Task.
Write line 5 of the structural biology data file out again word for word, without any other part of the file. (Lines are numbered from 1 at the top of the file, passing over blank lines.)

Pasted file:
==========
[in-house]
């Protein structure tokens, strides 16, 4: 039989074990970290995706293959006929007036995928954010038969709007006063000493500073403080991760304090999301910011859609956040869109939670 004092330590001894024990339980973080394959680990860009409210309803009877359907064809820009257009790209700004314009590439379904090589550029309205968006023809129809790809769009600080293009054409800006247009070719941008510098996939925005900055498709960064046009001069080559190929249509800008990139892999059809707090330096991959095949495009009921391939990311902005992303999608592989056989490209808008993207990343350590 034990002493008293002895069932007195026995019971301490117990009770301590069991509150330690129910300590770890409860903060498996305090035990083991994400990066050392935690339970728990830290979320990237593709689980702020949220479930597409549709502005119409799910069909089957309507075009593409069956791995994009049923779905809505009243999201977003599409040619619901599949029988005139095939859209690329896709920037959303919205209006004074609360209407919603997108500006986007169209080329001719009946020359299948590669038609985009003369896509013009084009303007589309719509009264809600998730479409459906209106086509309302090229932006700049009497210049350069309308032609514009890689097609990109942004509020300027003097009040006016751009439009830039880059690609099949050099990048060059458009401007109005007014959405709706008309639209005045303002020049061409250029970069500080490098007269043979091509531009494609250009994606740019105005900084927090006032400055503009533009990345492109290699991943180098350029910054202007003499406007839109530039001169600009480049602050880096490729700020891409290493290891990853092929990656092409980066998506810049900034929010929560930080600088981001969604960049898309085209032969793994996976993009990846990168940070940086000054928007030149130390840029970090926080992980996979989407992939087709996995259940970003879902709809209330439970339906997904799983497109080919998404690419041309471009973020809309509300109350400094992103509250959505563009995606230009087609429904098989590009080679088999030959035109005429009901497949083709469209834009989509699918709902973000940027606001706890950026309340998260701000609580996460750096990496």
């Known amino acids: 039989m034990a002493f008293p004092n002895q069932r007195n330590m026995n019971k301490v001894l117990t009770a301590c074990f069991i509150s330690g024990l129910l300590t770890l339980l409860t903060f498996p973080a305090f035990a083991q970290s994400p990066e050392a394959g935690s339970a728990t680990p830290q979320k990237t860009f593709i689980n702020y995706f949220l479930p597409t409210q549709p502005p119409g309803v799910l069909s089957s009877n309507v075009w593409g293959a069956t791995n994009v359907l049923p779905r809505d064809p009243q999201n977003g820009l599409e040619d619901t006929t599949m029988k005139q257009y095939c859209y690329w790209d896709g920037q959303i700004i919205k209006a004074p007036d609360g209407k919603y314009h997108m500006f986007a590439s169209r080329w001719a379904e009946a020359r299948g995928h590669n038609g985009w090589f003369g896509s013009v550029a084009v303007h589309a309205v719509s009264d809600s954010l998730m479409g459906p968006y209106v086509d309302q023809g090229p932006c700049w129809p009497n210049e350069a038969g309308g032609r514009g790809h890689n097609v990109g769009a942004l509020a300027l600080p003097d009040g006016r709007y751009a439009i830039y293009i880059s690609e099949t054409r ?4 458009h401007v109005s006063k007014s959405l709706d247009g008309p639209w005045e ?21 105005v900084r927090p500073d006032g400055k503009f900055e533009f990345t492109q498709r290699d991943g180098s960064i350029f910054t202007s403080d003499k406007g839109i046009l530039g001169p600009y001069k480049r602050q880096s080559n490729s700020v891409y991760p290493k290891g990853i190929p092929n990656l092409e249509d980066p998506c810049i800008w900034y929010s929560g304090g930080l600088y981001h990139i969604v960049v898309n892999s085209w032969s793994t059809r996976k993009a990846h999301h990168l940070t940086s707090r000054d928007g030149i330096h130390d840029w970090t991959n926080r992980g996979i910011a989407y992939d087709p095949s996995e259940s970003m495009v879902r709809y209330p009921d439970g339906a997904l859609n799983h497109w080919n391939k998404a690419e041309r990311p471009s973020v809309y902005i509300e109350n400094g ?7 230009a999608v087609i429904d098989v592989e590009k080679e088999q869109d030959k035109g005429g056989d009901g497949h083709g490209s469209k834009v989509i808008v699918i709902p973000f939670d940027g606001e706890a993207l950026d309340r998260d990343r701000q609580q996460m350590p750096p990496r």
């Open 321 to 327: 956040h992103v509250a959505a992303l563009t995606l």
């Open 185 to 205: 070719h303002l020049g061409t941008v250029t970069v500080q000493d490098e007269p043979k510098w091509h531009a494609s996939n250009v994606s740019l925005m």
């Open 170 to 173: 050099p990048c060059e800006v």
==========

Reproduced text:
């Open 185 to 205: 070719h303002l020049g061409t941008v250029t970069v500080q000493d490098e007269p043979k510098w091509h531009a494609s996939n250009v994606s740019l925005m």